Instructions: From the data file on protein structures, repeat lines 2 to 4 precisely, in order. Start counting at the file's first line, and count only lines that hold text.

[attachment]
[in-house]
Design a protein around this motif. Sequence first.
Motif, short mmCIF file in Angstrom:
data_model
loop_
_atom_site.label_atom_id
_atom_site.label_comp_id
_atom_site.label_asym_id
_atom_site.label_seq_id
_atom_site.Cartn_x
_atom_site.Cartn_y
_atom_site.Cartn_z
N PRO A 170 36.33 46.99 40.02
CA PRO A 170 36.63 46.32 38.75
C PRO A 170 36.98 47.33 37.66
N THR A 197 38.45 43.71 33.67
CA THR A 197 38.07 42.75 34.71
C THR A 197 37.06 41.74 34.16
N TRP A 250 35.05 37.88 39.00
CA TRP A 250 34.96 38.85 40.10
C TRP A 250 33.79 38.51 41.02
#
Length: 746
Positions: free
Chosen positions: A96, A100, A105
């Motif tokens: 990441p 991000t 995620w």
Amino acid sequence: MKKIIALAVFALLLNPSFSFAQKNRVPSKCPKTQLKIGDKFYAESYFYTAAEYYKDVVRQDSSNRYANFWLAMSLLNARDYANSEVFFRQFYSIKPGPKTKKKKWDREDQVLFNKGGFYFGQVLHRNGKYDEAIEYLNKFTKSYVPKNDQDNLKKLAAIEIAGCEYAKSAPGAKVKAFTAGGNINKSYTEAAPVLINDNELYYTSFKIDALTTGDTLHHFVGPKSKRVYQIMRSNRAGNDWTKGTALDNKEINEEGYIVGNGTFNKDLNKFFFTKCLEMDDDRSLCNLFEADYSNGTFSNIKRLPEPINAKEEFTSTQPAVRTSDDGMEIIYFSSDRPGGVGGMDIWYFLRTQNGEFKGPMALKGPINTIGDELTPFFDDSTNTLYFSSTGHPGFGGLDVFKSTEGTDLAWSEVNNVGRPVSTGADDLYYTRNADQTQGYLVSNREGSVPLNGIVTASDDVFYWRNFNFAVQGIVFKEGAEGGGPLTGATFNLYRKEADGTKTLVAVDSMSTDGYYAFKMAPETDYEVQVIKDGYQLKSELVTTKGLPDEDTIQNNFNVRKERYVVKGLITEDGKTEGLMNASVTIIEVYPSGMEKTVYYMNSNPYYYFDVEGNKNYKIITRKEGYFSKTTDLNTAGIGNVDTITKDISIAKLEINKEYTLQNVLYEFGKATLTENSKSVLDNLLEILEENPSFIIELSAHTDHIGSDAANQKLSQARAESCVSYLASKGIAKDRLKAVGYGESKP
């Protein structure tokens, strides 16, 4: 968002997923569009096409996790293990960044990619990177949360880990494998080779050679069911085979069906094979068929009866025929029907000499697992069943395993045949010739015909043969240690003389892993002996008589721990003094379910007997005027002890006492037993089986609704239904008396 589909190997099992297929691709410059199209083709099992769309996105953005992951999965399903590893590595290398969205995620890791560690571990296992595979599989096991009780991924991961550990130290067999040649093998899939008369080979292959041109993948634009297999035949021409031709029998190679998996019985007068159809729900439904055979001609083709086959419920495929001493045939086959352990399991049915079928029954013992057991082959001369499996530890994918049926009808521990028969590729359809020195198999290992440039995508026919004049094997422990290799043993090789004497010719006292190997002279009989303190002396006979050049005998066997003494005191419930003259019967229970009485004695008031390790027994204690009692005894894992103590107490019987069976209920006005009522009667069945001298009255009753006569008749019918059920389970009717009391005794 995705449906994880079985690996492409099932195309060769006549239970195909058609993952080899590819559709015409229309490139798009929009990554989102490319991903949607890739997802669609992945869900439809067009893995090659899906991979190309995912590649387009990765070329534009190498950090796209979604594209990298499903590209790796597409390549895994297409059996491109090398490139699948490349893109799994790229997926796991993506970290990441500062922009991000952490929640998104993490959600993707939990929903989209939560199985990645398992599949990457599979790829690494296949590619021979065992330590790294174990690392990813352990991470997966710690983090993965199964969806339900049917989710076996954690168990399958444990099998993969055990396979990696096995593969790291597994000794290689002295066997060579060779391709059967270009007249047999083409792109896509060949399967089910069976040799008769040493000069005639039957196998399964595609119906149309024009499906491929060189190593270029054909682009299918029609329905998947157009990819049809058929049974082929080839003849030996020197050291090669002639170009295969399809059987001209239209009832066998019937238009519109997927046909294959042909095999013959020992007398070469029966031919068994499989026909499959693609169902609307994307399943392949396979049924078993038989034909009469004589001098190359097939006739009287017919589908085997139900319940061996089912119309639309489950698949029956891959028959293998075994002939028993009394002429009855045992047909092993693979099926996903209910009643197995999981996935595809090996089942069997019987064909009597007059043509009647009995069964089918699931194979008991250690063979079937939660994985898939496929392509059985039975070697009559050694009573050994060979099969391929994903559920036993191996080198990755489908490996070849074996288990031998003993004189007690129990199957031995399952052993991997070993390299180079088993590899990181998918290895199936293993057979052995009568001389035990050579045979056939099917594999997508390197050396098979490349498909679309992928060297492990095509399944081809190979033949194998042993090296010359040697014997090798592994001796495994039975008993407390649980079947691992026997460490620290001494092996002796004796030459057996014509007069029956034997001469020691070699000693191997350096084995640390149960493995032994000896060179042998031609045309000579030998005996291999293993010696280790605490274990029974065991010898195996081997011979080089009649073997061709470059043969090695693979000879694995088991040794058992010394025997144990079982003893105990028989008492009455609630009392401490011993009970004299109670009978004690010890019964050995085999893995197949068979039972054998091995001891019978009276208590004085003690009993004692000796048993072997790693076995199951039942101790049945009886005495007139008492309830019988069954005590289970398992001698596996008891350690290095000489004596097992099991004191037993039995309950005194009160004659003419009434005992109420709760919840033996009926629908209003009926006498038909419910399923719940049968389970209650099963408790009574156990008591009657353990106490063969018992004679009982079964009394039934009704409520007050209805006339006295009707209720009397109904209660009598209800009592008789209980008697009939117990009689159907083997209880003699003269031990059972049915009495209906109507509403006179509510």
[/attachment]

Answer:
Design a protein around this motif. Sequence first.
Motif, short mmCIF file in Angstrom:
data_model